Chris Benoit Death, On This Day In 1999, Bret Hart Faced Chris Benoit In A Tribute Match

It would be an understatement to say that Bret “The Hitman” Hart’s 1999 was an emotional rollercoaster of a year since it was anything but that. Bret’s booking with the Atlanta-based organization, which he joined after signing with WCW in late 1997 and making his first appearance at that year’s Starrcade, was subpar from the moment he joined the company. Then, on May 23, 1999, during the WWF’s Over The Edge pay-per-view event, Bret’s younger brother Owen tragically passed away during a botched stunt for his entrance as the Blue Blazer character. This terrible event has been the subject of a great deal of writing over the years, and it was even discussed as part of the second season of the series Dark Side of the Ring on VICE (read our recap of that episode here). In the aftermath of this, Bret would take some time off from his duties with WCW in order to focus on his family and deal with the ramifications. After the demise of his brother, Bret would give serious thought to the possibility of returning to the wrestling ring at some point.

On the episode of Nitro that aired on July 5, 1999, Bret would make a surprise appearance and deliver an emotional message to the audience about Owen’s passing.

“I’ve been told I got all the time I want, so I’m gonna try not to rush myself. First of all, on behalf of my whole family and everybody back in Calgary, we want to thank all the wrestling fans around the world who have sent their love and support and condolences. It’s meant a lot to myself. It’s meant a lot to my family and it was very, very much appreciated. The WCW has been really kind to me in the last few weeks and they’ve allowed me to take all the time I want to collect myself. I wanted to say a few words about my brother Owen. He wasn’t just your average wrestler. He was a wonderful human being. So many wrestling fans watch him on TV every day but they never really got close to him sometimes but then again there’s a lot of fans that did get to know and a lot of the wrestlers got to know him. I don’t think there’s anybody that could say a bad thing about him anywhere. He was my closest brother, we never had an argument. We never raised our voices with each other once, we were friends. We were close from the time he was in diapers and I take a lot of, I take a lot of uh, pride in knowing how well he turned out. Eric Bischoff talked to me and he asked me if I’d come back on July 5th and at least come and explain how I felt about things and I thought maybe I’d be ready to talk about things when I got here. But the truth is that I’m really having a hard time deciding on what I want to do with my career and probably my life. I’ve lived for wrestling and my family has lived for wrestling and we’ve died for wrestling. And I’m at a funny little crossroads where I look at wrestling, pro wrestling and I go ‘I don’t know what else there’s left for me to do anymore in wrestling. Maybe it’s time for me to move on and accomplish something else in another field or do something else.’ I think of Wayne Gretzky and I think of Elway and I, ya know I think of all these guys that are retiring in 1999. And when I think of those people they all, when they got to hang it up, they’re all so happy. And I look at myself and it sucks. I tell myself on one hand that its not fair for me to end my career on a tragedy, on a bad note. Nobody wants to prove more in wrestling than I do, I’ve given my whole life to it. But the truth is, I just don’t know. I really don’t know, I swear to god I do not know. I’ve always tried to give you my best. I’m happy in spite of everything that happened with the way my career and life turned out. But I’m gonna take some time and I’m gonna think about everything and put everything into perspective. But if I never get the chance to ever say it again, I just want to thank all the fans, everywhere, that I ever had, that I still have. I wouldn’t be anything without the wrestling fans. You’ve been with me from the very start. And if this is the last chance that I ever get a chance to talk to all the wrestling fans all around the world, thank you very very much. I wanna thank all the wrestlers in the dressing room. All the wrestlers in dressing rooms all around the world. It was a pleasure to work with each and every one of you. I hope I wasn’t too stiff. And that’s about it, thank you very much.”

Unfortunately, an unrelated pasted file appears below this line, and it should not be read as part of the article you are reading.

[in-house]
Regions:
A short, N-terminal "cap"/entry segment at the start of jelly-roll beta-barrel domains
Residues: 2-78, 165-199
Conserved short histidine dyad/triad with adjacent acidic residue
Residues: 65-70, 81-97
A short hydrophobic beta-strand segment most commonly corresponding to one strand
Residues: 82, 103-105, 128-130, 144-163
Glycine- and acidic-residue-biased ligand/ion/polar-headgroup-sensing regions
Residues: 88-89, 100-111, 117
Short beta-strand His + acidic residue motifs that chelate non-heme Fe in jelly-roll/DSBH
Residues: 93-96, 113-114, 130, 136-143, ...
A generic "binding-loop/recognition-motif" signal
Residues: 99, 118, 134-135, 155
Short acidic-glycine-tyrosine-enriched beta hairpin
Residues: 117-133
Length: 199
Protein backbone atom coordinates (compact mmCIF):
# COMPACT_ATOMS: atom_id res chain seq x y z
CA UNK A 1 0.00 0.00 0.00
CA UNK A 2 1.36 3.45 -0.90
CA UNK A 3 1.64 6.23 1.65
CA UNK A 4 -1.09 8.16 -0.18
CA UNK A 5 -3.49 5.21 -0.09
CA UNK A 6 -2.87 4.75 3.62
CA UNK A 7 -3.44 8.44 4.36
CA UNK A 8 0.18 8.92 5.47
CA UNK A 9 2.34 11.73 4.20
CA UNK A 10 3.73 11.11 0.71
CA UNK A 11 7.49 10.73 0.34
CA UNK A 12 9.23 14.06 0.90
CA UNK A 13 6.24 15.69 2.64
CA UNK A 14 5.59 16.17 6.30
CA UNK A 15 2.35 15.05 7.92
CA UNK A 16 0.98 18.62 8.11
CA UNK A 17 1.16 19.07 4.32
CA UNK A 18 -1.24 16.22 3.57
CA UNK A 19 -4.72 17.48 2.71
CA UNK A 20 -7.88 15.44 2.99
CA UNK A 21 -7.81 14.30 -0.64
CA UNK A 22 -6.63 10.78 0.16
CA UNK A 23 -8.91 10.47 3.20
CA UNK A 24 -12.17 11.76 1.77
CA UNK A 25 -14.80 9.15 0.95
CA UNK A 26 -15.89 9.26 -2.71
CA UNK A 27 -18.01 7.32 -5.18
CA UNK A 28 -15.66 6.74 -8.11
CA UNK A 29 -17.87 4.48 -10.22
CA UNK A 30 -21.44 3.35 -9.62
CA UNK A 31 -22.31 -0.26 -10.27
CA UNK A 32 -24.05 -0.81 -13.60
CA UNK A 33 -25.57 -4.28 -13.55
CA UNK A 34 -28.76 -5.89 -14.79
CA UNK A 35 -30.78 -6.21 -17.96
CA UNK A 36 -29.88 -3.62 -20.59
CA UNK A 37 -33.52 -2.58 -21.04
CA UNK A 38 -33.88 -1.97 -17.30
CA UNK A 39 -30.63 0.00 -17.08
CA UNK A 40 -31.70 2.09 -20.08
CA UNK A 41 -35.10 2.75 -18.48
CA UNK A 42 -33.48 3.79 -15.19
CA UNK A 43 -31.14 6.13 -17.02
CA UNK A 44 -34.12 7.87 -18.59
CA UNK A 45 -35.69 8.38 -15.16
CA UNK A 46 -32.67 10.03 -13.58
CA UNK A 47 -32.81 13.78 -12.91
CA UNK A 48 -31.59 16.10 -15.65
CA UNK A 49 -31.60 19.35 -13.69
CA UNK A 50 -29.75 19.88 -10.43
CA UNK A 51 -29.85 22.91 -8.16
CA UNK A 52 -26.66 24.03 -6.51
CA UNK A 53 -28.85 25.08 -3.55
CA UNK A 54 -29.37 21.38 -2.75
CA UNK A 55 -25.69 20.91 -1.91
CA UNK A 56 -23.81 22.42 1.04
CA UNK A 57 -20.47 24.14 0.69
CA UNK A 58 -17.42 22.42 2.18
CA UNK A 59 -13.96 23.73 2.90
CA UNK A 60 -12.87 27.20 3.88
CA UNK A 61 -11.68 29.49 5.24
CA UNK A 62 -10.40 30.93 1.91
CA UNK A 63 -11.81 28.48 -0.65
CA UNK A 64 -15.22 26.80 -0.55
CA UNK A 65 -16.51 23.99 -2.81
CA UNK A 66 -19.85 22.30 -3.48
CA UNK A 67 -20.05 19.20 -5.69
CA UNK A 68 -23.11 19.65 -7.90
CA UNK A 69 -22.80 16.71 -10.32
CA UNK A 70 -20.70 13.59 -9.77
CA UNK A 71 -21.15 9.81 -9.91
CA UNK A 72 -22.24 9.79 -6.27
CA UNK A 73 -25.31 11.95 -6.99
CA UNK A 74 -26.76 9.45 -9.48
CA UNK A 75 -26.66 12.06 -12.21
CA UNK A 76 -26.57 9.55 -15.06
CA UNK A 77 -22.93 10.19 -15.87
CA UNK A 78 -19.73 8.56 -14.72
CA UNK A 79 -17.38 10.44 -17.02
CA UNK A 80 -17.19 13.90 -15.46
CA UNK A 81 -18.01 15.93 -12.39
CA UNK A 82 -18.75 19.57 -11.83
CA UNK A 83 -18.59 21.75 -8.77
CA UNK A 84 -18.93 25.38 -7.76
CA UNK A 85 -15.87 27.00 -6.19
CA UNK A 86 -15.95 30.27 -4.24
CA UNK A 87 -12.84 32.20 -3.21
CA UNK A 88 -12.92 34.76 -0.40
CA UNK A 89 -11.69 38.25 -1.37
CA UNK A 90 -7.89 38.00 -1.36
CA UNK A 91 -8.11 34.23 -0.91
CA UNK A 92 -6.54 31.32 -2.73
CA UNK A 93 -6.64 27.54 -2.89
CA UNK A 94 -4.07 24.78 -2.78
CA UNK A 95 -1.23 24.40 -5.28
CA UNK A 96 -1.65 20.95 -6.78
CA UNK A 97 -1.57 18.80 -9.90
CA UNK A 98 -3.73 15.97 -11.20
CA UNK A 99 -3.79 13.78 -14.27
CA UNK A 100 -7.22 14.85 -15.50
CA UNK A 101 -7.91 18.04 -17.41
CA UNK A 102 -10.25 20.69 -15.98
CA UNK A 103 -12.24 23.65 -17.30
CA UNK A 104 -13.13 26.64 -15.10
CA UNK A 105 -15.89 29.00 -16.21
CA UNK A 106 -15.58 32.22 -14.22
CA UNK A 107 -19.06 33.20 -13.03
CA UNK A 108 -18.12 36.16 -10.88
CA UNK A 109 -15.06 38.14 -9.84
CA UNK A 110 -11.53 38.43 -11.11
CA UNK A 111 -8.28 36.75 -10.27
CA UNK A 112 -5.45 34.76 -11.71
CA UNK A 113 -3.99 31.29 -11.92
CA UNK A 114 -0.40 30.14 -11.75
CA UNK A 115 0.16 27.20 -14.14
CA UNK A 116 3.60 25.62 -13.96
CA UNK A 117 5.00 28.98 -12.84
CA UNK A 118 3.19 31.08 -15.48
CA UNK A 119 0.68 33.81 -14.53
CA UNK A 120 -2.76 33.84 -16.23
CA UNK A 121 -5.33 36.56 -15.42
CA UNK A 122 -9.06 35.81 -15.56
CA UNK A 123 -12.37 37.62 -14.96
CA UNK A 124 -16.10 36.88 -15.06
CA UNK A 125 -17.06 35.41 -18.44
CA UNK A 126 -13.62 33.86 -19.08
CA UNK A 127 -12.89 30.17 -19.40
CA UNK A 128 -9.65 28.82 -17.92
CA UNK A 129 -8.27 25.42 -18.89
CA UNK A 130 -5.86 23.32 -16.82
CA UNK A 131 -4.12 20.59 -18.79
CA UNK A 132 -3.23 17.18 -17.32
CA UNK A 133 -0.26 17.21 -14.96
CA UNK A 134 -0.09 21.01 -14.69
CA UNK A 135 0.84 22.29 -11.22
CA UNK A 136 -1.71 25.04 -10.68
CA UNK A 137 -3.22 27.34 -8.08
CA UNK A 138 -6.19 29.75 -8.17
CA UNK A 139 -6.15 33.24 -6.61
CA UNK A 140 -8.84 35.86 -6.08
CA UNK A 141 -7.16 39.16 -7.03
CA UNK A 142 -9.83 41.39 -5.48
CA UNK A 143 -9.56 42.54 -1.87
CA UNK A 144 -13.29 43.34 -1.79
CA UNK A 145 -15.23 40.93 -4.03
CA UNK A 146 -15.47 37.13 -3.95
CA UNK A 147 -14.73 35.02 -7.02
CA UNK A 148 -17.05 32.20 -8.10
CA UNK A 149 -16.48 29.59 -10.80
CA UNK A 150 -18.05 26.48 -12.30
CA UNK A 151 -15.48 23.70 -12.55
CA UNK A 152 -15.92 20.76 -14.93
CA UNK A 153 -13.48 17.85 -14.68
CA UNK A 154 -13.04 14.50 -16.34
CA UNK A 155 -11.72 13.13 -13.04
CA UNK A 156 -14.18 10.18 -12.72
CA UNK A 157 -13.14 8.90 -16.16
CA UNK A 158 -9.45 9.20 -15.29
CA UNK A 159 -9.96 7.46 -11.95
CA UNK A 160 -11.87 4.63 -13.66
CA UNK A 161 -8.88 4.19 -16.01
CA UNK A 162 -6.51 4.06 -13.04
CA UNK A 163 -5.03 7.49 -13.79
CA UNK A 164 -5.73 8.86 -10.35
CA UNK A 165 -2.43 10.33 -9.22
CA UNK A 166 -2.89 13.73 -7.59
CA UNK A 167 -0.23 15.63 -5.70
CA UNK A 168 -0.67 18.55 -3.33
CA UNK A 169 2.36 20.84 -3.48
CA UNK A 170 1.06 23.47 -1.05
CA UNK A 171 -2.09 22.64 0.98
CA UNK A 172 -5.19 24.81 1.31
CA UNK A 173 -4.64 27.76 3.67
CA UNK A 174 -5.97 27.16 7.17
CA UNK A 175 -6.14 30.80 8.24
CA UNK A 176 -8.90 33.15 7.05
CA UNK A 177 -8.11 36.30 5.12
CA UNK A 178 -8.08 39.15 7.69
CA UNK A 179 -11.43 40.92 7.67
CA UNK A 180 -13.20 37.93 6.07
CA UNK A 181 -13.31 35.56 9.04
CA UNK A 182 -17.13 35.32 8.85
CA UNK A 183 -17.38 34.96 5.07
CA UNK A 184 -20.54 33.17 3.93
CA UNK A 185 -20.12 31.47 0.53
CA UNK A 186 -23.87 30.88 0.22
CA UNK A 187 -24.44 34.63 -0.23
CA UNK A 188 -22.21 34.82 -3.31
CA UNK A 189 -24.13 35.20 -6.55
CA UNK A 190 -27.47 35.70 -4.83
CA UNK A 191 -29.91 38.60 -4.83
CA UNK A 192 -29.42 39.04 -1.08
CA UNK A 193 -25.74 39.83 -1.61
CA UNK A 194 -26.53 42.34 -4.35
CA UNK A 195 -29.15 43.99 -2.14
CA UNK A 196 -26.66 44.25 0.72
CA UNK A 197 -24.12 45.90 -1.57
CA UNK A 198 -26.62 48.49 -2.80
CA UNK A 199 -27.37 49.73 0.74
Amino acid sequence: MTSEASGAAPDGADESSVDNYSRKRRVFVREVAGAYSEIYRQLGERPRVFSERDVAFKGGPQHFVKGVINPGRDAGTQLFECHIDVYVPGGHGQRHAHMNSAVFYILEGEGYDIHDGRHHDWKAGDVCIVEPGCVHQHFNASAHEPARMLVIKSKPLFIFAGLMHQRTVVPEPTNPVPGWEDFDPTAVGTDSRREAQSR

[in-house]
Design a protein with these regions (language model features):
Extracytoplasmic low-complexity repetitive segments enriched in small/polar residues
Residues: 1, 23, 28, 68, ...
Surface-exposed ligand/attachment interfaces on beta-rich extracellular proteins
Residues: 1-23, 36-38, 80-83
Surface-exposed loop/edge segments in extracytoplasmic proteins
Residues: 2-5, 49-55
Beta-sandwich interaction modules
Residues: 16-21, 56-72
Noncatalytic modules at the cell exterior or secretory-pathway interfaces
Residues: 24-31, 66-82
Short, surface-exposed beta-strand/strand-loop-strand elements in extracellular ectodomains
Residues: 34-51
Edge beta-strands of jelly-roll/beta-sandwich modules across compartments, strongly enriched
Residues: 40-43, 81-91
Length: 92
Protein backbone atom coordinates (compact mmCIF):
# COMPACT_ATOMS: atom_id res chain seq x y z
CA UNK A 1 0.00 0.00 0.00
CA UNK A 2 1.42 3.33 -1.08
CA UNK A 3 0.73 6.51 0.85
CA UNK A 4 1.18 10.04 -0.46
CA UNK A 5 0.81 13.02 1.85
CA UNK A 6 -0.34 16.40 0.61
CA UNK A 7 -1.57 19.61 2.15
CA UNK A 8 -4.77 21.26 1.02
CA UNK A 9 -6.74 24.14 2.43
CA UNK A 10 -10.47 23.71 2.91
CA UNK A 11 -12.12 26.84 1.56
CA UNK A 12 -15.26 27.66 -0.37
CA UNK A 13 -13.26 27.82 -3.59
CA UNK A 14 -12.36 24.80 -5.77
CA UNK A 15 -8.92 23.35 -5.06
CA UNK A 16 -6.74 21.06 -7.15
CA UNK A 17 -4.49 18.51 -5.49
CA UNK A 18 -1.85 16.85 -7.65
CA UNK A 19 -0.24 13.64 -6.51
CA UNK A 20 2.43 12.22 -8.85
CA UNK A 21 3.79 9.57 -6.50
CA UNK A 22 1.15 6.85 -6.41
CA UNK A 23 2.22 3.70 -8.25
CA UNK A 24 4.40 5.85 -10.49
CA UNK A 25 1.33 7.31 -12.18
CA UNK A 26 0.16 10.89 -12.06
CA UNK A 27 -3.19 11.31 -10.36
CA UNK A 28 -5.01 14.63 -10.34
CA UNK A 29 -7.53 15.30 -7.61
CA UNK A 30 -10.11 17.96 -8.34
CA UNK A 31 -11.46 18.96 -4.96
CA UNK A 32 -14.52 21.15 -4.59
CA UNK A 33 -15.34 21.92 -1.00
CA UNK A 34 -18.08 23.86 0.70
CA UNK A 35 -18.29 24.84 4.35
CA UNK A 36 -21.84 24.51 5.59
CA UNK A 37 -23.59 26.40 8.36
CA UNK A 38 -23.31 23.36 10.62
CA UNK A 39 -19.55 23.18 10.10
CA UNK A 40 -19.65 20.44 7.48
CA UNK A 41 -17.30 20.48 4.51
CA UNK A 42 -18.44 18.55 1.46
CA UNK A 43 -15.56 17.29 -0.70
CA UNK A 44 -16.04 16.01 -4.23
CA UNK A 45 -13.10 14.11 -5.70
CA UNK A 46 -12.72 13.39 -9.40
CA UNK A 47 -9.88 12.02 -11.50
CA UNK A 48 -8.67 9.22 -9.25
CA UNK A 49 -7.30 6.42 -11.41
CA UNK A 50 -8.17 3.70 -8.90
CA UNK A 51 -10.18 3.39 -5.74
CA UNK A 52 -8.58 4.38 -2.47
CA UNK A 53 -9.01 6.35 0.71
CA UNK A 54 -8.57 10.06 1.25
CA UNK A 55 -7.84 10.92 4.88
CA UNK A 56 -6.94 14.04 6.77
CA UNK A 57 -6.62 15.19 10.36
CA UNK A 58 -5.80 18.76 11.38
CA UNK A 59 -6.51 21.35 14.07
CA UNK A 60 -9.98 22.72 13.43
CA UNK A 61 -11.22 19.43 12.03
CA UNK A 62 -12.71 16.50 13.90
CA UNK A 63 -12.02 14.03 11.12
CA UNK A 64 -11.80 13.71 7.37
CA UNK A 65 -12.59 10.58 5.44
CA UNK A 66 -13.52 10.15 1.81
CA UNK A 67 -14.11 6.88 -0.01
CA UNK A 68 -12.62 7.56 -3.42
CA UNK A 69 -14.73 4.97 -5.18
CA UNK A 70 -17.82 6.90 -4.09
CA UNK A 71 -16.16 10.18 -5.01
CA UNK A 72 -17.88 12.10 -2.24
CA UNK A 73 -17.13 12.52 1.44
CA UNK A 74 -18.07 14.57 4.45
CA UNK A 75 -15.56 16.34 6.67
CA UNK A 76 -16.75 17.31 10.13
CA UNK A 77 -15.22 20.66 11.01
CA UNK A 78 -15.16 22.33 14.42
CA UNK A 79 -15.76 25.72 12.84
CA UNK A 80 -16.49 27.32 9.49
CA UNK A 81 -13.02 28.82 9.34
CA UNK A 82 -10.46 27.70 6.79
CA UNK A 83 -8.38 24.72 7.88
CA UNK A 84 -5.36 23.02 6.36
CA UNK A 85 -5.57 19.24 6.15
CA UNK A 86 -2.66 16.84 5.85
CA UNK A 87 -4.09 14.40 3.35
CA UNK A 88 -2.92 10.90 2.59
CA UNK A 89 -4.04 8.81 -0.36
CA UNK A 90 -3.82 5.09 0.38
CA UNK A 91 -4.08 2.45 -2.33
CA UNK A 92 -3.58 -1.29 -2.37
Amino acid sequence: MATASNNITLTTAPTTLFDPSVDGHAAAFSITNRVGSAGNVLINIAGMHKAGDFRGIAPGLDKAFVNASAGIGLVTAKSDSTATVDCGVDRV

Bret would not be seen on WCW TV once more until the beginning of Monday Nitro on September 6, 1999. On that day, he would cut a promo challenging Hulk Hogan to a bout, and this would be the first time Bret would be seen on WCW TV. Sadly, just a few days later, Eric Bischoff would be dismissed from his responsibilities as the head of WCW. Because of this, Vince Russo would eventually be appointed as the new leader of WCW, which was a decision that Bret would not support owing to Russo’s connection to Owen’s untimely passing.

According to what Bret said in his autobiography Hitman: My Real Life in the Cartoon World of Wrestling, he still had the desire to compete in at least one more outstanding match before retiring. Full Story

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